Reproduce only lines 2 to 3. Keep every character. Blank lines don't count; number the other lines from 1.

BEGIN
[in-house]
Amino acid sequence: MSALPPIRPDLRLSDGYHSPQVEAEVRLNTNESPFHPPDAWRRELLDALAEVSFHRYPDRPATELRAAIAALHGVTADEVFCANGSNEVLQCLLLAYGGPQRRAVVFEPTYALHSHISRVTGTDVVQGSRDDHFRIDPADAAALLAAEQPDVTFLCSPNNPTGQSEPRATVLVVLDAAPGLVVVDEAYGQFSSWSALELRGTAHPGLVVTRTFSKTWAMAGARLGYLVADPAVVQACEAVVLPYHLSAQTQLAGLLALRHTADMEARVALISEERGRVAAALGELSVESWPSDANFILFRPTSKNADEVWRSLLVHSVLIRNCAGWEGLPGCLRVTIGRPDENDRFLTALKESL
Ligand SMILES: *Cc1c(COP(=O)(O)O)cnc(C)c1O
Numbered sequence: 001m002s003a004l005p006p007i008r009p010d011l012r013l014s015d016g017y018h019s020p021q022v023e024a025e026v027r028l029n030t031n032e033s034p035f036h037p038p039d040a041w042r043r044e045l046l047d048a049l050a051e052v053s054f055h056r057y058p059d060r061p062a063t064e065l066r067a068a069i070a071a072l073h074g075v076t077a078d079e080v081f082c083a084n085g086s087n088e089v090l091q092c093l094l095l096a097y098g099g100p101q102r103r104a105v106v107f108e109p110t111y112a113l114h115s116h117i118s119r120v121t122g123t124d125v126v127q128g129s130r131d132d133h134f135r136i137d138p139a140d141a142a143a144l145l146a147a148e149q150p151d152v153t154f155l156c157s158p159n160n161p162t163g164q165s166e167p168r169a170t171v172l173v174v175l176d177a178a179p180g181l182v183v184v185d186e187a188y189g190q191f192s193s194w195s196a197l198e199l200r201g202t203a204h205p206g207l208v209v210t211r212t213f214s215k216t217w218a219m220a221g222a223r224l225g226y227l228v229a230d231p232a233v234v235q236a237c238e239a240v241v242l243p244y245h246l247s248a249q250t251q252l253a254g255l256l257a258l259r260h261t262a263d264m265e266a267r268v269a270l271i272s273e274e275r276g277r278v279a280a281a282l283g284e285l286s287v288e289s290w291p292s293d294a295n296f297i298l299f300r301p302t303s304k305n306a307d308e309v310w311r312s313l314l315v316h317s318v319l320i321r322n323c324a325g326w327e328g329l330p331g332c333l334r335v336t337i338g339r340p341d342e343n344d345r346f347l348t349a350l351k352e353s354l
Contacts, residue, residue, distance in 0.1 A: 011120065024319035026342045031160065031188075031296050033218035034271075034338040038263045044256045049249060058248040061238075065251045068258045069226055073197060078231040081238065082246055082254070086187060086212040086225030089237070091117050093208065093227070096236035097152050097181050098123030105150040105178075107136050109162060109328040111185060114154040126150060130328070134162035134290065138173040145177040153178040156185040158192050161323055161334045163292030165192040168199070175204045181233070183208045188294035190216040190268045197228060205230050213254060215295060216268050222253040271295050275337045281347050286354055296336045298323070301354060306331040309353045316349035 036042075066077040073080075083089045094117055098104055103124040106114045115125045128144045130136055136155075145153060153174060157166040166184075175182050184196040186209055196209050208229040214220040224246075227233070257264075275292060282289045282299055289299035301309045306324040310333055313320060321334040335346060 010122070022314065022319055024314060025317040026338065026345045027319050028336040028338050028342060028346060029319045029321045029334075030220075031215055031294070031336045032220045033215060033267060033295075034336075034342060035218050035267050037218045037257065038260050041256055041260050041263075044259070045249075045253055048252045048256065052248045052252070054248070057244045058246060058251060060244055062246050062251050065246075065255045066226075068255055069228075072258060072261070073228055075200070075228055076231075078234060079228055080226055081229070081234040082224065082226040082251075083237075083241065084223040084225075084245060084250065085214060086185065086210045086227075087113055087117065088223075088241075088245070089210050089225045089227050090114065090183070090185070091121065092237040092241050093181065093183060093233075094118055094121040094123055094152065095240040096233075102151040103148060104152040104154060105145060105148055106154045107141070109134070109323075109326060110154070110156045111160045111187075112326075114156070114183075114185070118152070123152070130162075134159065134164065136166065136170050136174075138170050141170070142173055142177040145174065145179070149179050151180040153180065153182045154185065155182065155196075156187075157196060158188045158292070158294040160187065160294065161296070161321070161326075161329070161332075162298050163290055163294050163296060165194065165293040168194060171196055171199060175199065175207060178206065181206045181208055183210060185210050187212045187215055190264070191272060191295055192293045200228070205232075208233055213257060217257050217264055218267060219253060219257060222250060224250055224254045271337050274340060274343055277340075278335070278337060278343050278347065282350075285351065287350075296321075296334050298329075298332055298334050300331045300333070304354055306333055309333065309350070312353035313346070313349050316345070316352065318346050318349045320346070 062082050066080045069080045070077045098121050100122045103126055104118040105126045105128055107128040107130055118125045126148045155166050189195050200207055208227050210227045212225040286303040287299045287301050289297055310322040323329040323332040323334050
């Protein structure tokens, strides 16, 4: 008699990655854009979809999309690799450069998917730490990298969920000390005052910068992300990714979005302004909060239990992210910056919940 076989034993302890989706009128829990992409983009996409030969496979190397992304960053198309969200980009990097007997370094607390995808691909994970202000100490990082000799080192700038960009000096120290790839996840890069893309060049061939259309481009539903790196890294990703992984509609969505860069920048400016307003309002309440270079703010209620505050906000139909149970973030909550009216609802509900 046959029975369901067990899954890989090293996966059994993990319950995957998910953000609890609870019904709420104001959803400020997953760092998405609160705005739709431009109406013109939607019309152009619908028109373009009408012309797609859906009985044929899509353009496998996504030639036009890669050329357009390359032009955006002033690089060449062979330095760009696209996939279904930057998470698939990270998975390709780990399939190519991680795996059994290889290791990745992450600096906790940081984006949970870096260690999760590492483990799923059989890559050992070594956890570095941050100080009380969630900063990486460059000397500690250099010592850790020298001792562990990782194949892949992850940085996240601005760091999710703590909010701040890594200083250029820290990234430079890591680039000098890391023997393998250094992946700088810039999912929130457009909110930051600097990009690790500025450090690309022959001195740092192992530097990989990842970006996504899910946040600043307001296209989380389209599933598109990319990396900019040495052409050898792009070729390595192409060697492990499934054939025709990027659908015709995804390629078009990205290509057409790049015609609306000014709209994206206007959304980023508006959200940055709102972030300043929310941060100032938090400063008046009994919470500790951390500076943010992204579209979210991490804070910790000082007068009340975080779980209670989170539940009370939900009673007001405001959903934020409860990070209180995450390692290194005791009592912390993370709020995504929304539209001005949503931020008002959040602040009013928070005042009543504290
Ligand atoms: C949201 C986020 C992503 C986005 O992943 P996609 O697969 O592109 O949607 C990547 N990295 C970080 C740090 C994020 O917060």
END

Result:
Amino acid sequence: MSALPPIRPDLRLSDGYHSPQVEAEVRLNTNESPFHPPDAWRRELLDALAEVSFHRYPDRPATELRAAIAALHGVTADEVFCANGSNEVLQCLLLAYGGPQRRAVVFEPTYALHSHISRVTGTDVVQGSRDDHFRIDPADAAALLAAEQPDVTFLCSPNNPTGQSEPRATVLVVLDAAPGLVVVDEAYGQFSSWSALELRGTAHPGLVVTRTFSKTWAMAGARLGYLVADPAVVQACEAVVLPYHLSAQTQLAGLLALRHTADMEARVALISEERGRVAAALGELSVESWPSDANFILFRPTSKNADEVWRSLLVHSVLIRNCAGWEGLPGCLRVTIGRPDENDRFLTALKESL
Ligand SMILES: *Cc1c(COP(=O)(O)O)cnc(C)c1O